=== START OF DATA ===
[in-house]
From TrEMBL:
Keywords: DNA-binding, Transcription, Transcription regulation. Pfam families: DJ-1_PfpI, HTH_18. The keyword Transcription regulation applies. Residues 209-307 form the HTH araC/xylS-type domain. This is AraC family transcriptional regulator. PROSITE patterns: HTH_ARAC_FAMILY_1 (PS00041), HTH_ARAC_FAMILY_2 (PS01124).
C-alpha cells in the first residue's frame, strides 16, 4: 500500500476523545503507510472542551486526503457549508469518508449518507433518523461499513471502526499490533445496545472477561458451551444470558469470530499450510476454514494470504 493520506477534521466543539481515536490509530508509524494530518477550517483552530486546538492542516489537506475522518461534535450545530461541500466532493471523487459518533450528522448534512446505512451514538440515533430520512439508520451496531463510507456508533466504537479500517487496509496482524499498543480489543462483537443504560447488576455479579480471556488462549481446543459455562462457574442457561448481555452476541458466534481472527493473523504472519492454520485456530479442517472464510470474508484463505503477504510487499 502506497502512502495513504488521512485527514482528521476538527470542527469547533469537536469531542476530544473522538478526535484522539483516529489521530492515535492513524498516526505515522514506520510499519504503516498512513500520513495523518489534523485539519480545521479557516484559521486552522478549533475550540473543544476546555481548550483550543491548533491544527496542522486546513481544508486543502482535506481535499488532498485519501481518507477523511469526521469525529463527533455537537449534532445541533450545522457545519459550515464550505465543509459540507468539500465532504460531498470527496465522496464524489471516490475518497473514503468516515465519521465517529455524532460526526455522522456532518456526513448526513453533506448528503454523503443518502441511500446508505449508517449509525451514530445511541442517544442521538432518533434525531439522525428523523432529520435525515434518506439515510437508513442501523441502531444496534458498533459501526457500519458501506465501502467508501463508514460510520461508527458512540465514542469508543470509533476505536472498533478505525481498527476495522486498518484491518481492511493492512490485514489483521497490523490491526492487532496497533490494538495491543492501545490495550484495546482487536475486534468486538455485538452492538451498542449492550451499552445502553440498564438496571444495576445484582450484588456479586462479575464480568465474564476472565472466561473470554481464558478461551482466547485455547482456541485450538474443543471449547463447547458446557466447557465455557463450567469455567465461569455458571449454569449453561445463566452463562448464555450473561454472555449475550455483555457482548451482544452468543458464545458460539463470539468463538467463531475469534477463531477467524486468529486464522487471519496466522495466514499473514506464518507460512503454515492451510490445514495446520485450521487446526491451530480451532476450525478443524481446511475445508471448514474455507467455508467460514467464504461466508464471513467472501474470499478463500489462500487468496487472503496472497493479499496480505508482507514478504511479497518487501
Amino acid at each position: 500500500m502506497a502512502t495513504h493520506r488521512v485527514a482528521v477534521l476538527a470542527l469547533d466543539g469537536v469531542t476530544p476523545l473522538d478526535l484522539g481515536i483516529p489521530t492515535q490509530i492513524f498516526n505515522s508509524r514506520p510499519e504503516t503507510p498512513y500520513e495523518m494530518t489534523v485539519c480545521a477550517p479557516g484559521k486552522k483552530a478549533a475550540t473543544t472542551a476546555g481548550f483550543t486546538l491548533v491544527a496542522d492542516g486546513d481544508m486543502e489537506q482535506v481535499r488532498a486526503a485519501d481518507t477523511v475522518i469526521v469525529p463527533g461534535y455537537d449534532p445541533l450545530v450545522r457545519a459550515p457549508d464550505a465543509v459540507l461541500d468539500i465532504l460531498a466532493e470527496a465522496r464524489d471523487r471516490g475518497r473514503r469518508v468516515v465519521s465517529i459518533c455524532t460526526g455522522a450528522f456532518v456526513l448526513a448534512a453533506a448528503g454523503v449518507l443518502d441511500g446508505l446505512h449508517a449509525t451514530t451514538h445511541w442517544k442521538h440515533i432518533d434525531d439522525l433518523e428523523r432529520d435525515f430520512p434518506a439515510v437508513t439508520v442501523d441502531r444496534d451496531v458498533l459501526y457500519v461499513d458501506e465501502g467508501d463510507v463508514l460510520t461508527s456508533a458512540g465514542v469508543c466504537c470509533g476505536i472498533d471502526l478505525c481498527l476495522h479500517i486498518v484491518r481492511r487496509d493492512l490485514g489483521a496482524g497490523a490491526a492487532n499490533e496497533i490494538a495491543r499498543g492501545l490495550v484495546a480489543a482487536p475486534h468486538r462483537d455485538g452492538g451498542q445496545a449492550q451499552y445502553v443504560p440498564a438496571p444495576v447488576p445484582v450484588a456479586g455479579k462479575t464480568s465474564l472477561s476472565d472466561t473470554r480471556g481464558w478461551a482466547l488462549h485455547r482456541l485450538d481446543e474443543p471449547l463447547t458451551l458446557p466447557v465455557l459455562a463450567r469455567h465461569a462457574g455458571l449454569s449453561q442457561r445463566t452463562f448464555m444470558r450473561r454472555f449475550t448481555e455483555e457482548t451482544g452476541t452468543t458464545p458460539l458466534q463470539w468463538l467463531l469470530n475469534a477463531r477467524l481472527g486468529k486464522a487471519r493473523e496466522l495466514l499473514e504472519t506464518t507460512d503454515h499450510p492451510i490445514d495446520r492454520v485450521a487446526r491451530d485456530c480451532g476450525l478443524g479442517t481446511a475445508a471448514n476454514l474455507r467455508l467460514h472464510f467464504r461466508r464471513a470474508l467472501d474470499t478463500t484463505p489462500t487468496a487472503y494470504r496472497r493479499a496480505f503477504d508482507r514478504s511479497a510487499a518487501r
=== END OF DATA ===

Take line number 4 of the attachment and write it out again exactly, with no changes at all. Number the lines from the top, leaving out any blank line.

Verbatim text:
C-alpha cells in the first residue's frame, strides 16, 4: 500500500476523545503507510472542551486526503457549508469518508449518507433518523461499513471502526499490533445496545472477561458451551444470558469470530499450510476454514494470504 493520506477534521466543539481515536490509530508509524494530518477550517483552530486546538492542516489537506475522518461534535450545530461541500466532493471523487459518533450528522448534512446505512451514538440515533430520512439508520451496531463510507456508533466504537479500517487496509496482524499498543480489543462483537443504560447488576455479579480471556488462549481446543459455562462457574442457561448481555452476541458466534481472527493473523504472519492454520485456530479442517472464510470474508484463505503477504510487499 502506497502512502495513504488521512485527514482528521476538527470542527469547533469537536469531542476530544473522538478526535484522539483516529489521530492515535492513524498516526505515522514506520510499519504503516498512513500520513495523518489534523485539519480545521479557516484559521486552522478549533475550540473543544476546555481548550483550543491548533491544527496542522486546513481544508486543502482535506481535499488532498485519501481518507477523511469526521469525529463527533455537537449534532445541533450545522457545519459550515464550505465543509459540507468539500465532504460531498470527496465522496464524489471516490475518497473514503468516515465519521465517529455524532460526526455522522456532518456526513448526513453533506448528503454523503443518502441511500446508505449508517449509525451514530445511541442517544442521538432518533434525531439522525428523523432529520435525515434518506439515510437508513442501523441502531444496534458498533459501526457500519458501506465501502467508501463508514460510520461508527458512540465514542469508543470509533476505536472498533478505525481498527476495522486498518484491518481492511493492512490485514489483521497490523490491526492487532496497533490494538495491543492501545490495550484495546482487536475486534468486538455485538452492538451498542449492550451499552445502553440498564438496571444495576445484582450484588456479586462479575464480568465474564476472565472466561473470554481464558478461551482466547485455547482456541485450538474443543471449547463447547458446557466447557465455557463450567469455567465461569455458571449454569449453561445463566452463562448464555450473561454472555449475550455483555457482548451482544452468543458464545458460539463470539468463538467463531475469534477463531477467524486468529486464522487471519496466522495466514499473514506464518507460512503454515492451510490445514495446520485450521487446526491451530480451532476450525478443524481446511475445508471448514474455507467455508467460514467464504461466508464471513467472501474470499478463500489462500487468496487472503496472497493479499496480505508482507514478504511479497518487501